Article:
TB: One of the lyrics that hits the hardest on the record is; “I guess the hardest part of getting old. Is that some people that you love don’t”. How did that studio session feel when you wrote it with Amy and Dan?
A23: It was definitely an emotional one. I feel really comfortable writing about things that are really personal, in the way that they have only affected me as one person. But it was the first time I was writing about something that extended so far outside of me. A lot of this album is about grief, but this grief is not only just my own, in-fact it was mostly other people’s, so it was a very cautious song to write. I remember finishing it and having two thoughts, and they were; 1) I think this song is incredible, and 2) I don’t think I ever want to put this song out. I didn’t want to be the guy that put this song out. It was too heavy, and not necessarily my grief to talk about. But through sending the song to family and talking to other people I gained the perspective I needed to put it out.
TB: I remember hearing that song for the first time, and my brain waiting for another lyric to follow, and then I started processing what you had just said and it just sank in. It was deep.
A23: It is! At least for me, that is the hardest part.
TB: On ‘Fall 2017/What If?’ you sing “Did I mistake our anniversary for an expiration date. Or am I just lonely?”. Can you explain the idea behind that lyric?
A23: In the road of getting over someone, there are these bumps of self-doubt. You can have so much confidence in the decision you made no matter how much it hurts, or continues to hurt. But every now and then you can be in bed and it’s like 1am in the morning and you’re used to having someone in bed with you and you’re like “fuck, did I fuck this up?”. So it was meant to demonstrate that feeling.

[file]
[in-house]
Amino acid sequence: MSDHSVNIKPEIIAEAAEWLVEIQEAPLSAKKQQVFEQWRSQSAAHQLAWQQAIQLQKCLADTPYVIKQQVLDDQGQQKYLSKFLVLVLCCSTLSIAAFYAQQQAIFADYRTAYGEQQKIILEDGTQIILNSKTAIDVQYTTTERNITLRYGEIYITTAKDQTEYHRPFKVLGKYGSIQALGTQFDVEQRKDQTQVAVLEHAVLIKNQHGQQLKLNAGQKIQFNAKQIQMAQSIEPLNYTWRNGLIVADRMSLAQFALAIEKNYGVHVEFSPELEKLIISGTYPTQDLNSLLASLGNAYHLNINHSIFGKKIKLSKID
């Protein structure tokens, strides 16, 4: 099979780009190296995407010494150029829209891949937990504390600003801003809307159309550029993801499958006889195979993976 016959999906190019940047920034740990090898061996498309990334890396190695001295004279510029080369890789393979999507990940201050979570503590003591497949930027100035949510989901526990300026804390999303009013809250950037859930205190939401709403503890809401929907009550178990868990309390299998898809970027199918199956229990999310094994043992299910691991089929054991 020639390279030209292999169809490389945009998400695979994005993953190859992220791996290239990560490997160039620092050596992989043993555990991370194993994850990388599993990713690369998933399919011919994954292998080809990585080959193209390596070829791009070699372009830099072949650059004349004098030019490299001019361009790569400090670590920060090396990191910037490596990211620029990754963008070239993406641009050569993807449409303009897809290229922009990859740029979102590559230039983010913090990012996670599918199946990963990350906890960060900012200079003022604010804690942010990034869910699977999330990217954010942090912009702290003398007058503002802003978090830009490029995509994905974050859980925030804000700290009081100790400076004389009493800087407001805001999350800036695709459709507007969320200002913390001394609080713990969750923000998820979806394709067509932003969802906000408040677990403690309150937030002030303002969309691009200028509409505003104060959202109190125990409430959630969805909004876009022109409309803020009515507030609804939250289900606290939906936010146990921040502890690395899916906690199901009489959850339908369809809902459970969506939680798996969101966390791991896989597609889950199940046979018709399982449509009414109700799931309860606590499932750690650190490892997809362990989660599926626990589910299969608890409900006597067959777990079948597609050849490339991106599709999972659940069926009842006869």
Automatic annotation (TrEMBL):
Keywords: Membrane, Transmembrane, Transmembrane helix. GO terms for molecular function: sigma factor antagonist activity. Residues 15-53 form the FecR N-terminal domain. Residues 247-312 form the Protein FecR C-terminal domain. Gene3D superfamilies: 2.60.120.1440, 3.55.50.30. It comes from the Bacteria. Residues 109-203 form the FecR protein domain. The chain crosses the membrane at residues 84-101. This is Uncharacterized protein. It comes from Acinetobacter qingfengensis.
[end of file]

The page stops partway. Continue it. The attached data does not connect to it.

TB: This song is obviously two ideas merged together. So originally were these two separate songs, or poems etc that you brought together?
A23: They were actually two different songs. ‘What If?’ used to actually be a whole song. And when we originally worked on ‘Fall 2017’ all that came out was all that exists now. I’m a big fan of not writing a bridge unless I have something I need to say. And with ‘Fall 2017’, I am so proud of how susicent that is, and it perfectly explains how I feel about that particular thing. I didn’t want to add to it. So when I was putting together the final tracklist and listening to a bunch of demo’s, I found ‘What If?’, and I hadn’t listened to it for so long, but it really sounded like the brother song to ‘Fall 2017’. So I sat down and found a way to link them together in the way that is now on the record.
TB: Was ‘What If?’ an older song of yours, because it gave me ‘Sad’ vibes?
A23: Yep! It wasn’t quite as old as ‘Sad’ but it was definitely from a prior era. I always say ‘Live In Me Forever’ was the first song I wrote for ‘Aftershock’, but I actually think ‘What If?’ was technically the first. I wrote that in December 2020 around Christmas, in the basement at my parents house on the piano. It was definitely the last of the old era.